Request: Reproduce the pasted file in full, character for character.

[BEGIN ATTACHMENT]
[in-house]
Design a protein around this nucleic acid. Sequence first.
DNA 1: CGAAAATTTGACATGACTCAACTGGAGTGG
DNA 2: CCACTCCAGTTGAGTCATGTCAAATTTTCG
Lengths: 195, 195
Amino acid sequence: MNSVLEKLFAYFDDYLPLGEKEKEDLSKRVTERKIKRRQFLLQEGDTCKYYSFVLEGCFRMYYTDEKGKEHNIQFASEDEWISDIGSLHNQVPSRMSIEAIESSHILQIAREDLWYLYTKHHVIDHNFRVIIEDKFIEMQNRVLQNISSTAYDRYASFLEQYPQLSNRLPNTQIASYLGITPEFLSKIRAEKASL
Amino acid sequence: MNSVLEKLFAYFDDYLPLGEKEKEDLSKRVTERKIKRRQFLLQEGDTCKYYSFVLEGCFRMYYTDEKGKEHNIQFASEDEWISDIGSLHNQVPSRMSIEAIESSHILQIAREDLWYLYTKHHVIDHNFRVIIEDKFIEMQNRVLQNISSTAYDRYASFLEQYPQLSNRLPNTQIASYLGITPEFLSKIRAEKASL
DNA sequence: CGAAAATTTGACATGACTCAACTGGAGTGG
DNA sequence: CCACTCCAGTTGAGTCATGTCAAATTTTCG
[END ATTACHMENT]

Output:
[in-house]
Design a protein around this nucleic acid. Sequence first.
DNA 1: CGAAAATTTGACATGACTCAACTGGAGTGG
DNA 2: CCACTCCAGTTGAGTCATGTCAAATTTTCG
Lengths: 195, 195
Amino acid sequence: MNSVLEKLFAYFDDYLPLGEKEKEDLSKRVTERKIKRRQFLLQEGDTCKYYSFVLEGCFRMYYTDEKGKEHNIQFASEDEWISDIGSLHNQVPSRMSIEAIESSHILQIAREDLWYLYTKHHVIDHNFRVIIEDKFIEMQNRVLQNISSTAYDRYASFLEQYPQLSNRLPNTQIASYLGITPEFLSKIRAEKASL
Amino acid sequence: MNSVLEKLFAYFDDYLPLGEKEKEDLSKRVTERKIKRRQFLLQEGDTCKYYSFVLEGCFRMYYTDEKGKEHNIQFASEDEWISDIGSLHNQVPSRMSIEAIESSHILQIAREDLWYLYTKHHVIDHNFRVIIEDKFIEMQNRVLQNISSTAYDRYASFLEQYPQLSNRLPNTQIASYLGITPEFLSKIRAEKASL
DNA sequence: CGAAAATTTGACATGACTCAACTGGAGTGG
DNA sequence: CCACTCCAGTTGAGTCATGTCAAATTTTCG